Their complaints are about the working time directive, environmental regulations and prisoner voting rights. You do not hear them mention the effective ban on Keynsian economics in the fiscal compact, or the mandatory privatisation of rail services across the continent. Theirs is a selective euroscepticism.

The same is true for the eurosceptic left, which is admittedly tiny but has grown substantially larger over the last four years. Listen to any of its members speak and you will invariably hear them mention the railways, the fiscal compact or perhaps the power the European Central Bank (ECB) wields over national governments.

They are right to be upset. The 2009 EU parliament meeting which passed EU rail directives 91/440/EEC, 95/18/EC and 2001/14/EC was a travesty of justice. In a move which typifies the EU's use of insidious tediousness as a weapon to evade public scrutiny, it handed over Europe's publicly-owned railways to private capital with passengers and rail workers none the wiser.

This was not wrong because it supported privatisation, but because it implemented a major change to a continent's infrastructure with none of the debate and accountability which democratic states have a right to expect. The passing of the working time directive was just as wrong, even though it happens to be sensible and humane, because it is imposed on nation states rather than constructed by them.

Most eurosceptics on the left and right do not oppose the EU because it is an affront to democracy, but because they don't like its policies. Cameron is just like them. He wants to stay in the EU, but get rid of human rights restrictions and working regulations. It is the worst possible outcome: still in the EU, but shorn of all that makes it tolerable.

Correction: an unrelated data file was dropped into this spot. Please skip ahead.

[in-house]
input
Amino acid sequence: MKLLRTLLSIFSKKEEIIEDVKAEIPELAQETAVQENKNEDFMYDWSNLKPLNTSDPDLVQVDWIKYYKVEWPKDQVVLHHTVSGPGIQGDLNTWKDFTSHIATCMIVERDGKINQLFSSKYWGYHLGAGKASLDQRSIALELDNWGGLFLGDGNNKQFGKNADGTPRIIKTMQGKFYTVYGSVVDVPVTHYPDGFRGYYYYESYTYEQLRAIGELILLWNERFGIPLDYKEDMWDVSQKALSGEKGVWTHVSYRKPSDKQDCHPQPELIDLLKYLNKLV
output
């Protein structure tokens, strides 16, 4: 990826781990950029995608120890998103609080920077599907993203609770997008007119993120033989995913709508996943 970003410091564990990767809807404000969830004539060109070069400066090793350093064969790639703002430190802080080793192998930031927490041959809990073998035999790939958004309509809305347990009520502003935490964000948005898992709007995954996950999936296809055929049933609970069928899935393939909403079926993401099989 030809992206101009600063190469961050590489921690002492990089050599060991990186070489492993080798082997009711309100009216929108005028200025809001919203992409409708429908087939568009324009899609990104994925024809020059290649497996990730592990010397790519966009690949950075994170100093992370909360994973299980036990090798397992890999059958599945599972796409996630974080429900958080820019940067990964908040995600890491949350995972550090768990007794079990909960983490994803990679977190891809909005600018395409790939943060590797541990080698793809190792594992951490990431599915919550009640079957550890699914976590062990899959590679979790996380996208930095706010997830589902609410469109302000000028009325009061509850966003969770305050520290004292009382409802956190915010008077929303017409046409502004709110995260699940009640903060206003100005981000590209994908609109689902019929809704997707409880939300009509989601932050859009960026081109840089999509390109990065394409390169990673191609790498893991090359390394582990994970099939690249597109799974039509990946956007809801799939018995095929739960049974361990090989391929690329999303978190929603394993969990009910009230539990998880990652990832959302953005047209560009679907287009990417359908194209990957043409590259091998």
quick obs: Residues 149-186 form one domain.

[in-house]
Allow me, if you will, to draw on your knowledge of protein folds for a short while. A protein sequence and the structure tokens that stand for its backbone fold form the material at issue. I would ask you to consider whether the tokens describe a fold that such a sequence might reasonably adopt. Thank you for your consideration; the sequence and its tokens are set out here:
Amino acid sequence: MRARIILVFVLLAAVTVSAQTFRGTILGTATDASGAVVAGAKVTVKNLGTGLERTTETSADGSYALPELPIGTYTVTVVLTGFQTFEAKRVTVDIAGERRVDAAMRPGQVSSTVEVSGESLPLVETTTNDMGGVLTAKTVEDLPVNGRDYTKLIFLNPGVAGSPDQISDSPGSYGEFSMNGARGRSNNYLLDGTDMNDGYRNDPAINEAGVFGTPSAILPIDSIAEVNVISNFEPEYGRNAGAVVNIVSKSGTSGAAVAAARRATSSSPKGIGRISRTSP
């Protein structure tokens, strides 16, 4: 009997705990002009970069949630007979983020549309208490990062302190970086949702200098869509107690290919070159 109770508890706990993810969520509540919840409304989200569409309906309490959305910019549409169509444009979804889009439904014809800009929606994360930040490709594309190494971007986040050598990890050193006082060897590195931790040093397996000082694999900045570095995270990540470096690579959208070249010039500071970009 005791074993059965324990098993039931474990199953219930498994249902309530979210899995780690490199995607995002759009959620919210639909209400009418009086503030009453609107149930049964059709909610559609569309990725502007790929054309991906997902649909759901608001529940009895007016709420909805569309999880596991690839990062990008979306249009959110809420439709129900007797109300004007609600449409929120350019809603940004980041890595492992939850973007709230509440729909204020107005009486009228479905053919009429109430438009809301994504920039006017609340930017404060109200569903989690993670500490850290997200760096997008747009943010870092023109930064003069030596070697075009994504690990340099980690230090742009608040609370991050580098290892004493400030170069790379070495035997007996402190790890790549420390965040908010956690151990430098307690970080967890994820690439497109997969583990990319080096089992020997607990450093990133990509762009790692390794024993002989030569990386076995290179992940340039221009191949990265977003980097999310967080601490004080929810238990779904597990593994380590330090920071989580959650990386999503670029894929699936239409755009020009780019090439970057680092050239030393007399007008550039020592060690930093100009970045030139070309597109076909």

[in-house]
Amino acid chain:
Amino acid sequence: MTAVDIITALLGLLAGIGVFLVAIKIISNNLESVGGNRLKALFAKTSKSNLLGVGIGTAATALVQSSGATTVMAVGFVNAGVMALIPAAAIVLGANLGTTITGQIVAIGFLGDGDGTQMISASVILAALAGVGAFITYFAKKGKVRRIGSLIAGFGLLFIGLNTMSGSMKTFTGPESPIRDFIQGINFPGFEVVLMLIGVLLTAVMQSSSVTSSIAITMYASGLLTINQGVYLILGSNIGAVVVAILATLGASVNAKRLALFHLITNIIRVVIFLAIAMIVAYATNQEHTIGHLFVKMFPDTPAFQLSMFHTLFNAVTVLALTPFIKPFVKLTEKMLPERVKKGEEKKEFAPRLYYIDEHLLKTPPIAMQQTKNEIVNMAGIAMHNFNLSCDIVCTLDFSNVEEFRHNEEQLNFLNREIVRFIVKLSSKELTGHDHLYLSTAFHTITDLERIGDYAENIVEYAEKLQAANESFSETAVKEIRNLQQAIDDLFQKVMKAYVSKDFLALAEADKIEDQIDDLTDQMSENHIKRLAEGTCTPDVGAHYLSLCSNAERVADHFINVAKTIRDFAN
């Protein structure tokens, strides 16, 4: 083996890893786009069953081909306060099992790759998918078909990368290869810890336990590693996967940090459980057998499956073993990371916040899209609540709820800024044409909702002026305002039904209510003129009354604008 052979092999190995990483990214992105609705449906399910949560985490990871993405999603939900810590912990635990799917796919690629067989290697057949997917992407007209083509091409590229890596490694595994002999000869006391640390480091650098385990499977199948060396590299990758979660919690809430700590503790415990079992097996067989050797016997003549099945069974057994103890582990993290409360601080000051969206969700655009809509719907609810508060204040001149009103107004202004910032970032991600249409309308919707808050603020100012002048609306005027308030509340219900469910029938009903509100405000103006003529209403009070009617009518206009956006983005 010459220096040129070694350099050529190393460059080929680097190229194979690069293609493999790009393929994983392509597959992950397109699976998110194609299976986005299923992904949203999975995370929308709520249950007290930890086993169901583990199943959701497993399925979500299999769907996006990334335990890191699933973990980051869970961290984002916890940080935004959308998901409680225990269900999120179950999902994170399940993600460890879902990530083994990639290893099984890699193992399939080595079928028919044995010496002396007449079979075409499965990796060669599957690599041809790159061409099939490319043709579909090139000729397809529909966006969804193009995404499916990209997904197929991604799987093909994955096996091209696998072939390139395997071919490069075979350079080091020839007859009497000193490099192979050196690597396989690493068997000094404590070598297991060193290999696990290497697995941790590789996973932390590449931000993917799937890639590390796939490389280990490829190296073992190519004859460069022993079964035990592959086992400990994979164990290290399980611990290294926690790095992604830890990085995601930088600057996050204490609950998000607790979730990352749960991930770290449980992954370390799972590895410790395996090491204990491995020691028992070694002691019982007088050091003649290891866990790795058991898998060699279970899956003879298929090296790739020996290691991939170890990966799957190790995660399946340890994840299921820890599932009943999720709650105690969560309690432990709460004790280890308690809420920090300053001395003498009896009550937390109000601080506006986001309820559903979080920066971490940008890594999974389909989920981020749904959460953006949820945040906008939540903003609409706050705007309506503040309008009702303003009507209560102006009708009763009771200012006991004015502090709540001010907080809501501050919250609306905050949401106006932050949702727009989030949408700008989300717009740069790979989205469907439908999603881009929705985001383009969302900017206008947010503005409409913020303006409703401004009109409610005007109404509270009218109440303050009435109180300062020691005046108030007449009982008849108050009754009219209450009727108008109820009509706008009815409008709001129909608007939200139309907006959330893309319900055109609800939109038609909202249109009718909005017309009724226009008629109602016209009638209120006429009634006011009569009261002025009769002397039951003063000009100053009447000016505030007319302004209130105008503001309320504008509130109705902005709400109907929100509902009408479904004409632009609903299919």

It is a travesty for Tory backbenchers and their allies in the press to back Cameron. Their eurosceptic principles have all the substance of a dry leaf. As soon as they were subject to even the most cursory pressure they fell to dust. Their war is not with the EU, but with workers' rights and the inability of business people to do precisely what they want whenever they want to do it.

The relationship between principled eurosceptics and Tory backbenchers was never easy. Most so-called eurosceptics on the government benches embrace Cameron's desperate poetry about our 'island mentality'. Scratch below the surface of some of them and you find out-and-out xenophobes – the sort of people who raise an eyebrow at Nick Clegg's wife, as if having a foreign spouse is a third of the way to treason.

Real Eurosceptics hate the EU not because they dislike Europe, but because they love it. They want the best for a remarkable continent, not the bureaucratic horror this failed experiment in governance has brought. They recognise that the arrogance and secrecy of the EU are an innate side-effect of the centralisation of power, that policy should be devolved down from national parliaments to local councils, not up to a continental level. They recognise what political thinkers have foreseen for hundreds of years: that centralisation will always create a managerial class disconnected from the concerns of those they are meant to govern.

It is fitting that Greece, where democracy was invented, and Britain, where it was developed, are the two countries most likely to drop out the EU. Europe deserves better than arrogant federalists on one hand, and ignorant nationalists on the other. But with Cameron's sleight of hand, only the worst and least committed of the EU's critics have been given a voice.